I wanted lactation help and someone to meet my needs for a couple hours. Help me get comfortable with a glass of water, change my bed sheets, talk about the emotional issues I might be facing with postpartum depression, give me a massage, bring dinner for me and my family, offer encouragement and positive support, talk about how my relationship with my husband can be strengthened postpartum (because let's face it, it is NOT a very passionate or glorious time)! It's hell! I was taking care of 2 reflux newborns, it's work, and I needed someone to help me get through it.
Feed me!
I'd love someone to do light cooking and cleaning, with a knowledge of breastfeeding techniques.
Help me with the LAUNDRY!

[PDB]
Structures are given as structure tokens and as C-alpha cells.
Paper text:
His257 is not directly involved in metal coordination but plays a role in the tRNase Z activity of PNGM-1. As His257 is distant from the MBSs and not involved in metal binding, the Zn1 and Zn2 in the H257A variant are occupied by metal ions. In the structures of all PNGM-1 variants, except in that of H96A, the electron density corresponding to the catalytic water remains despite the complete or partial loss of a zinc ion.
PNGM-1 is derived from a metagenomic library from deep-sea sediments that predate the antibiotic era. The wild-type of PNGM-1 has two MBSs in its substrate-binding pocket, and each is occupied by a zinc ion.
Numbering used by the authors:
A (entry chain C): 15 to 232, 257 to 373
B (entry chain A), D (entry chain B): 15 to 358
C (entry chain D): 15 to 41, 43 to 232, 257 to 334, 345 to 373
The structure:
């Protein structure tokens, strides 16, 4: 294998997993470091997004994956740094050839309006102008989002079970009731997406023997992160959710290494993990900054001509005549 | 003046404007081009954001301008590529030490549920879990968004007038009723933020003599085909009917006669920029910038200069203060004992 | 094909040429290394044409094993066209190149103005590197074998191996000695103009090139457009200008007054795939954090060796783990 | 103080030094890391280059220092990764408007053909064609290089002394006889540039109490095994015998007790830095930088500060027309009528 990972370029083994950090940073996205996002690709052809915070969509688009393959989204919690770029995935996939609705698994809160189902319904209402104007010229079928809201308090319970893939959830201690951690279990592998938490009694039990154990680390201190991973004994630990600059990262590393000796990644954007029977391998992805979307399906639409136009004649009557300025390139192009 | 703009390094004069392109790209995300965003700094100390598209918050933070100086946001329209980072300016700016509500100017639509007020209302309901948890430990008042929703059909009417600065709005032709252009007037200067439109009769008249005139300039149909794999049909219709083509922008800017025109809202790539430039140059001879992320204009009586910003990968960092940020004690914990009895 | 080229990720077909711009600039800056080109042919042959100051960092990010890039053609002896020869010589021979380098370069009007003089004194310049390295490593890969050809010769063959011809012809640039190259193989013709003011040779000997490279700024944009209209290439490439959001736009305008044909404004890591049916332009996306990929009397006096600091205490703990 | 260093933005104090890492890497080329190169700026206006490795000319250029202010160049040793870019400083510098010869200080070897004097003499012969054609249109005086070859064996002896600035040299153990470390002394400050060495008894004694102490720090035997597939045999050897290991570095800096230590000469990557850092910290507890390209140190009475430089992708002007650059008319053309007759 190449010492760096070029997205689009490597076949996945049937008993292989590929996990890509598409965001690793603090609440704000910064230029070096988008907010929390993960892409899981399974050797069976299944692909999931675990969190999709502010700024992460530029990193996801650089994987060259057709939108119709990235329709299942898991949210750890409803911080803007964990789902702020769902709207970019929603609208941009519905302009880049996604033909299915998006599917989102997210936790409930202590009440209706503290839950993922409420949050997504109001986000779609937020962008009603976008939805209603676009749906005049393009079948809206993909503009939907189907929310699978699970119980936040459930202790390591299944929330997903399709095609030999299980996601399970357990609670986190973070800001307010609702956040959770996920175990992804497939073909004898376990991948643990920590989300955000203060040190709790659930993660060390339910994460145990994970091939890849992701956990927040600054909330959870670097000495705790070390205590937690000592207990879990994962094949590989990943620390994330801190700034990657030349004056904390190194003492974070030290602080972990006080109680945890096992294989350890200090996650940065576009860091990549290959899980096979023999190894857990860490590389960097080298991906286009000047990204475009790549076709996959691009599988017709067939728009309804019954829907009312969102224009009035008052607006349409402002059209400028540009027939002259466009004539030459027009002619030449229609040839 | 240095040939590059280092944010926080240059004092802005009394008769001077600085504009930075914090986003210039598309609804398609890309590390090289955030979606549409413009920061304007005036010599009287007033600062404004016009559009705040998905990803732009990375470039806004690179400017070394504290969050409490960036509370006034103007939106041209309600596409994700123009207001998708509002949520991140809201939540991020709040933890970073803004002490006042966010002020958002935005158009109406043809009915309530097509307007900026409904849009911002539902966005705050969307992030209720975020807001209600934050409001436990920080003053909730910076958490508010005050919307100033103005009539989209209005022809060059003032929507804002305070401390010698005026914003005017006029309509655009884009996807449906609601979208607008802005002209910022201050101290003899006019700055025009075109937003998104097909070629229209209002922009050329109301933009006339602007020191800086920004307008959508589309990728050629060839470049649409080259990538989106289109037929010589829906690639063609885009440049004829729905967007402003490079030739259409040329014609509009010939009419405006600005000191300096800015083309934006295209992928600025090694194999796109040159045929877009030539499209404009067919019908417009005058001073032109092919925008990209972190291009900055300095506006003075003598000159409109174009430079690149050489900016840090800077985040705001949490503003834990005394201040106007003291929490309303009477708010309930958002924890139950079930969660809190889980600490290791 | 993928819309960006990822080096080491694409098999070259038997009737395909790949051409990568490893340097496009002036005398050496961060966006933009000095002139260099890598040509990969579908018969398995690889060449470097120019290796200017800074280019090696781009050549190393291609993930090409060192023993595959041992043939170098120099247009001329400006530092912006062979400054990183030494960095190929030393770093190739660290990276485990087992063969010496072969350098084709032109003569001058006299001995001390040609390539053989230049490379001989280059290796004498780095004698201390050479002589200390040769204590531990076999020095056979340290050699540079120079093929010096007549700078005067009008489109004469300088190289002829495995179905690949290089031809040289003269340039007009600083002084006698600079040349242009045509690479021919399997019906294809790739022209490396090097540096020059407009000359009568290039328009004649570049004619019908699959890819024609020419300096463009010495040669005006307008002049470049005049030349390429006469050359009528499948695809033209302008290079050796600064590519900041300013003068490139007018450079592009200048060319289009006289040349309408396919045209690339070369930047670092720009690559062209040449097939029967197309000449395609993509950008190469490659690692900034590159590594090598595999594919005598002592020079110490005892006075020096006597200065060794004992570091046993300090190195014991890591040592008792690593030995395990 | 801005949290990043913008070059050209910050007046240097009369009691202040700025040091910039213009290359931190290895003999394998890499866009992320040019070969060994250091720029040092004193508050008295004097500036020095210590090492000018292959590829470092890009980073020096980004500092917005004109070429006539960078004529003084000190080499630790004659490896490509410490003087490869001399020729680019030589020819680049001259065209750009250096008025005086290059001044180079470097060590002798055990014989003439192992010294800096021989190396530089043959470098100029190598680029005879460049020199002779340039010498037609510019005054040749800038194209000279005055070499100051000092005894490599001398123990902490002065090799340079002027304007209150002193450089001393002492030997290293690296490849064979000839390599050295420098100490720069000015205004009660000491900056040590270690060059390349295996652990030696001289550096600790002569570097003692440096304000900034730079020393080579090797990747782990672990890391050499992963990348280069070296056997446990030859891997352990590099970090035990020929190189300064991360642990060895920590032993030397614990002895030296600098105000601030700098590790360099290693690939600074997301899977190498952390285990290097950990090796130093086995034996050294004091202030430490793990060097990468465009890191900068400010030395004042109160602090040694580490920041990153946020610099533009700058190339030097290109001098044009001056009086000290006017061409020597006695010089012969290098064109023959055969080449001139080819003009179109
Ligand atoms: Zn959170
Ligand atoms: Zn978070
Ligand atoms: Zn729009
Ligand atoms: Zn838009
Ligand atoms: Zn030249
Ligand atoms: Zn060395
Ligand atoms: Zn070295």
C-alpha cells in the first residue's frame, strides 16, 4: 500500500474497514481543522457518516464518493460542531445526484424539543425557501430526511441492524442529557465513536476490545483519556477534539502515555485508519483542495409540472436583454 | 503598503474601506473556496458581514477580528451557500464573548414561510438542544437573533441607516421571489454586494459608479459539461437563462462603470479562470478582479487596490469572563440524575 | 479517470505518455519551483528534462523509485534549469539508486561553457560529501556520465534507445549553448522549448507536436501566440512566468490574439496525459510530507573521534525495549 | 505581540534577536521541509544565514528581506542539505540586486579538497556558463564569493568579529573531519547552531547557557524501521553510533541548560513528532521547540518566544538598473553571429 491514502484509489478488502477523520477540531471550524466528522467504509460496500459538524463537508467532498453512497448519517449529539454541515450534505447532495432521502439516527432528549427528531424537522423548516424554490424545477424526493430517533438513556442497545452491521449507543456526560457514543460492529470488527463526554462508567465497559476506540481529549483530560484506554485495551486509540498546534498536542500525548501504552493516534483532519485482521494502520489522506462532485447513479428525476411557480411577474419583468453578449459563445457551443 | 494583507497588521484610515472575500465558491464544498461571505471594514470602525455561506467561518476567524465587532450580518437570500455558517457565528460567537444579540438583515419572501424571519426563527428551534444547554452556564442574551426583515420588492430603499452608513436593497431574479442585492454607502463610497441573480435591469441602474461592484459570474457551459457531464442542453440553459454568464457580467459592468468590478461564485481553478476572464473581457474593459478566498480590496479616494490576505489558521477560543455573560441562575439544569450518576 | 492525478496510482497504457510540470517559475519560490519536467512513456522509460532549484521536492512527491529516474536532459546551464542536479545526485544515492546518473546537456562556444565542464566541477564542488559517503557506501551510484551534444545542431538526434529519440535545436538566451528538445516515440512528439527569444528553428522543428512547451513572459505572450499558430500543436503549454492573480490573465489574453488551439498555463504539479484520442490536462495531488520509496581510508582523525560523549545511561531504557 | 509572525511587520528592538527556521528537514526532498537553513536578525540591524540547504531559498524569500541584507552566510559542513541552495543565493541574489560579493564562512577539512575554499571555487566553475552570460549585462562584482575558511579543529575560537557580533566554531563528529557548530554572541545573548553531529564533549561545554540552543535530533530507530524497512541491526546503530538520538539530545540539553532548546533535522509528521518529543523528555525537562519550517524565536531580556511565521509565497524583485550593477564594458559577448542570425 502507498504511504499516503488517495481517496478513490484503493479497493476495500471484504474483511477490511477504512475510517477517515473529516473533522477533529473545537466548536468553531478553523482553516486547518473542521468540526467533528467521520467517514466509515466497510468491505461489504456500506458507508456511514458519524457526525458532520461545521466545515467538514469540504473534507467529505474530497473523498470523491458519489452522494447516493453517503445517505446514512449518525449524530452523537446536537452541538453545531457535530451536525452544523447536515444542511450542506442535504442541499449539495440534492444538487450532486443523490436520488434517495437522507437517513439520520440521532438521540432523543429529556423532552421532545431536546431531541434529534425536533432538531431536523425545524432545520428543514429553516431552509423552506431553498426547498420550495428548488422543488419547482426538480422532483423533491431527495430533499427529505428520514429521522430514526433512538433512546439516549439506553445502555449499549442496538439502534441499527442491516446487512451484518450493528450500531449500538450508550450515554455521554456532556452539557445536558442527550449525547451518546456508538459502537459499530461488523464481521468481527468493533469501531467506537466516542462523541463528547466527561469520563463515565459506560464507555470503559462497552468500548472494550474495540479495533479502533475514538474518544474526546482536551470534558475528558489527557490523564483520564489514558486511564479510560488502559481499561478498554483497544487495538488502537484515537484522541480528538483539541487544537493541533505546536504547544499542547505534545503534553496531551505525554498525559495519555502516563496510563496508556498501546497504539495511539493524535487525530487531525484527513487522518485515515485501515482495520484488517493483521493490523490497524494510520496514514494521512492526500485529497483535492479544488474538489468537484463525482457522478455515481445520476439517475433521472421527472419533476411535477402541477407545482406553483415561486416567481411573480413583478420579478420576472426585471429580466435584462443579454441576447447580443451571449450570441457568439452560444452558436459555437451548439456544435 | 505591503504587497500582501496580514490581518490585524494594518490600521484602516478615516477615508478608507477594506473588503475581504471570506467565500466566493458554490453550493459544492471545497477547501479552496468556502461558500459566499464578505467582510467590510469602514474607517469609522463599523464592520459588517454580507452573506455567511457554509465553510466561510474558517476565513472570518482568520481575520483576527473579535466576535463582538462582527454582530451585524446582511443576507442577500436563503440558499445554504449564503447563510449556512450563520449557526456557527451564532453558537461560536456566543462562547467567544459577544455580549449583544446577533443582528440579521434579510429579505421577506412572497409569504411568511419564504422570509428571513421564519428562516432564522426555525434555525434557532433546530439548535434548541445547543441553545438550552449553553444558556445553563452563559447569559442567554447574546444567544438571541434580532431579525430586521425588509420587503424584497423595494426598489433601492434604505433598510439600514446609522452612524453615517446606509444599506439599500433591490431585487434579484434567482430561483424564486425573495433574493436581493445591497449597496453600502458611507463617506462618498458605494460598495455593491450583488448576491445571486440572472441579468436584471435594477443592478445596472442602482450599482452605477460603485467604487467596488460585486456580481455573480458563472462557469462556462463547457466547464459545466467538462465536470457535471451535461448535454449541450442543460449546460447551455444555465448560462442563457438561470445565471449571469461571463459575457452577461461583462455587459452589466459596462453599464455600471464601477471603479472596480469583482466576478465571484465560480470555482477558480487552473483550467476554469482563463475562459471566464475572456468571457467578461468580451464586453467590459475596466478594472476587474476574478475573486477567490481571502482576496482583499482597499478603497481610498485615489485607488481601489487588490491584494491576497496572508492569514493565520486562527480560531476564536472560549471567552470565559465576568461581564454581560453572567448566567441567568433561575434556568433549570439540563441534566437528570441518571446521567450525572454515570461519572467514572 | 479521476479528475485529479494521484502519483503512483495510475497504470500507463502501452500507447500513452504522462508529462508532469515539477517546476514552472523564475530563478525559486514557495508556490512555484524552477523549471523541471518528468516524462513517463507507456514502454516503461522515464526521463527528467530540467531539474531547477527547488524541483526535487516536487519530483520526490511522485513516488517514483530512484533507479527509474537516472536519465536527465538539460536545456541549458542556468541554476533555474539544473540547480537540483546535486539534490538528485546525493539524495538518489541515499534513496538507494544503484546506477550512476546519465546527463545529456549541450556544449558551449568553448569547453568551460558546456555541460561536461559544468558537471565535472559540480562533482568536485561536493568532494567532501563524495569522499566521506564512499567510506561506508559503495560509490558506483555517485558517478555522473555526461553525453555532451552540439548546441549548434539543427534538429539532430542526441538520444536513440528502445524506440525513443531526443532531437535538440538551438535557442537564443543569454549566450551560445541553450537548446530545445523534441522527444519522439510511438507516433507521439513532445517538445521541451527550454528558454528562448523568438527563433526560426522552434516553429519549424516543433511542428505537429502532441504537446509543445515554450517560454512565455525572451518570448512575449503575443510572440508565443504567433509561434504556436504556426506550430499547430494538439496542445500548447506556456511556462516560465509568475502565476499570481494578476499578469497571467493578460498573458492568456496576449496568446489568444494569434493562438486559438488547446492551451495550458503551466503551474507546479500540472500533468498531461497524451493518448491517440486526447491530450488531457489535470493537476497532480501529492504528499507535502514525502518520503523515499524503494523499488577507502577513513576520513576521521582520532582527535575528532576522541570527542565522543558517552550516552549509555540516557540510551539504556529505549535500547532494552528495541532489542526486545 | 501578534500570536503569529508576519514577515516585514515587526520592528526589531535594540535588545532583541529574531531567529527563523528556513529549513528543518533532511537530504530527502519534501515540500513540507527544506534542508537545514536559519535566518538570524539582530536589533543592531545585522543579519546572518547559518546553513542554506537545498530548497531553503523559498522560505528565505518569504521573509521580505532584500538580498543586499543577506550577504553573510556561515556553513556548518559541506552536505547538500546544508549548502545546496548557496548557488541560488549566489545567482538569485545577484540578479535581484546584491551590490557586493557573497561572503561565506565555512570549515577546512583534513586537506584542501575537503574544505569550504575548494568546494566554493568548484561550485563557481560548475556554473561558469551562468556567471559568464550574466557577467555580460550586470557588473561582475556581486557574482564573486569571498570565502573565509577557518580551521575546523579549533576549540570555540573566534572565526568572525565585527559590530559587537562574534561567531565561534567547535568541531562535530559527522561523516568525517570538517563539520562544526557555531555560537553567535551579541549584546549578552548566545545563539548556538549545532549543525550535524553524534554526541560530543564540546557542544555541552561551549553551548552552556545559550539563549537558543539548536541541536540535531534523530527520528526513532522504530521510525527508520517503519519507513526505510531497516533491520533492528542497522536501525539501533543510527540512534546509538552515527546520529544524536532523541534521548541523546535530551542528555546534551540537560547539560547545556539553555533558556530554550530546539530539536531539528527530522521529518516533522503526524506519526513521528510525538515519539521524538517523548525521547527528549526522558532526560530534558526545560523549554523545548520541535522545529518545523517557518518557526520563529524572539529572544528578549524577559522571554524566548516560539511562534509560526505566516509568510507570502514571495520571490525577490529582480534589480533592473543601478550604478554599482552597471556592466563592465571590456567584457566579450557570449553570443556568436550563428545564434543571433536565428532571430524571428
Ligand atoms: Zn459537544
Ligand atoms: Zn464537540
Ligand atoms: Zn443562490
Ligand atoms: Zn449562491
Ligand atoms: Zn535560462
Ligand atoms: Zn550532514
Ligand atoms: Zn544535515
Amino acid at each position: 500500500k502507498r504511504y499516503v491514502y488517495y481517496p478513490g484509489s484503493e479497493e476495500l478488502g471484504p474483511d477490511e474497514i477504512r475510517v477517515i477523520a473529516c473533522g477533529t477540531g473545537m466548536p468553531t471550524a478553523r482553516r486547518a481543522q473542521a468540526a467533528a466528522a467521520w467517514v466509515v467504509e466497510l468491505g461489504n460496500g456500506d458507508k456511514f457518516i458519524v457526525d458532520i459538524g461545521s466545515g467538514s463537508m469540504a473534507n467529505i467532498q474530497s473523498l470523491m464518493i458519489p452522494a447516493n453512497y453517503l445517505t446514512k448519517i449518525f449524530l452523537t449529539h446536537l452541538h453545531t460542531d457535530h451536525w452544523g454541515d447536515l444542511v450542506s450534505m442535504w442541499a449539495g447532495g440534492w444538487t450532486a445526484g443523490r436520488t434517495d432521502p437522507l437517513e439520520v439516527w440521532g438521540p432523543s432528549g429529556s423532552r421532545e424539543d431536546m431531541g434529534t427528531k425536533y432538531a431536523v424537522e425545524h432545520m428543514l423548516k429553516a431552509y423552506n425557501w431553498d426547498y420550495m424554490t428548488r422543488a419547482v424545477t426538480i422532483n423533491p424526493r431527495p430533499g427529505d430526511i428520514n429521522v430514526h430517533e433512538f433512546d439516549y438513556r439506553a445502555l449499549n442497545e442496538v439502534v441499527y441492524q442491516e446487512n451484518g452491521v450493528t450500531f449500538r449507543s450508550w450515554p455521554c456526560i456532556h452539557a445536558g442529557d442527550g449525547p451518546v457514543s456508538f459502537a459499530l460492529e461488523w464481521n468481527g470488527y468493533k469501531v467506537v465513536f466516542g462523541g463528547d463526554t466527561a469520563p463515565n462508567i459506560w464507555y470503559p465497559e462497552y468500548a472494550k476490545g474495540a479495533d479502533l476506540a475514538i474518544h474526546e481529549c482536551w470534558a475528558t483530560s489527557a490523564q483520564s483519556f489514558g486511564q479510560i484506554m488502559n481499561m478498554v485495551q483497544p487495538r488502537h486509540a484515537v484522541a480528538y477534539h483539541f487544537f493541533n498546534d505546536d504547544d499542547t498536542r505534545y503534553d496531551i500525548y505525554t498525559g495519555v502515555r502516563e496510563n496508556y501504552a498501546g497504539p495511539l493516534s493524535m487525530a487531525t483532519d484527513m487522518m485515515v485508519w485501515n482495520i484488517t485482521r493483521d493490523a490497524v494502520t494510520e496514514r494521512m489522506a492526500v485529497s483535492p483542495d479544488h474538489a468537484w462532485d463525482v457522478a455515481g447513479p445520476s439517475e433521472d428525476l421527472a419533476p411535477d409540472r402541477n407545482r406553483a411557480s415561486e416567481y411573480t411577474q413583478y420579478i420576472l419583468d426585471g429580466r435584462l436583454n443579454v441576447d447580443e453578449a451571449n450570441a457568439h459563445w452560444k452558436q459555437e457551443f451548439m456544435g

The most helpful was when my doula would ask me what needed to be done -- and then do it -- as well as when she was being proactive and just seeing what needed to be done (housework, taking my kids outside to play, making sure we had food & water, etc.).
Our laundry was in the basement. I could have used some help in that department, especially doing cloth diapers. I had a c-section and couldn't get into bed, much less carry a load of clothes down the stairs, without help.
This is my second pregnancy. Things that would be awesome for me (in the postpartum period) would be time to have a shower/nap, help with a meal or two (or getting food prepped and put into the slow cooker, etc.), and a little bit of washing dishes/laundry. Also, I'd like breastfeeding support and good chats over tea. Little things make a huge difference.
Meal preparation would have been amazing, someone to hold and snuggle my baby while I showered, and another grown-up around to talk to and work through what just happened to me. A little help with the laundry would have been lovely, too. Essentially, I wanted an extra set of hands and a warm body to snuggle on my newborn so I could get something done.
Breastfeeding help, of course. A friend who will support and talk with me.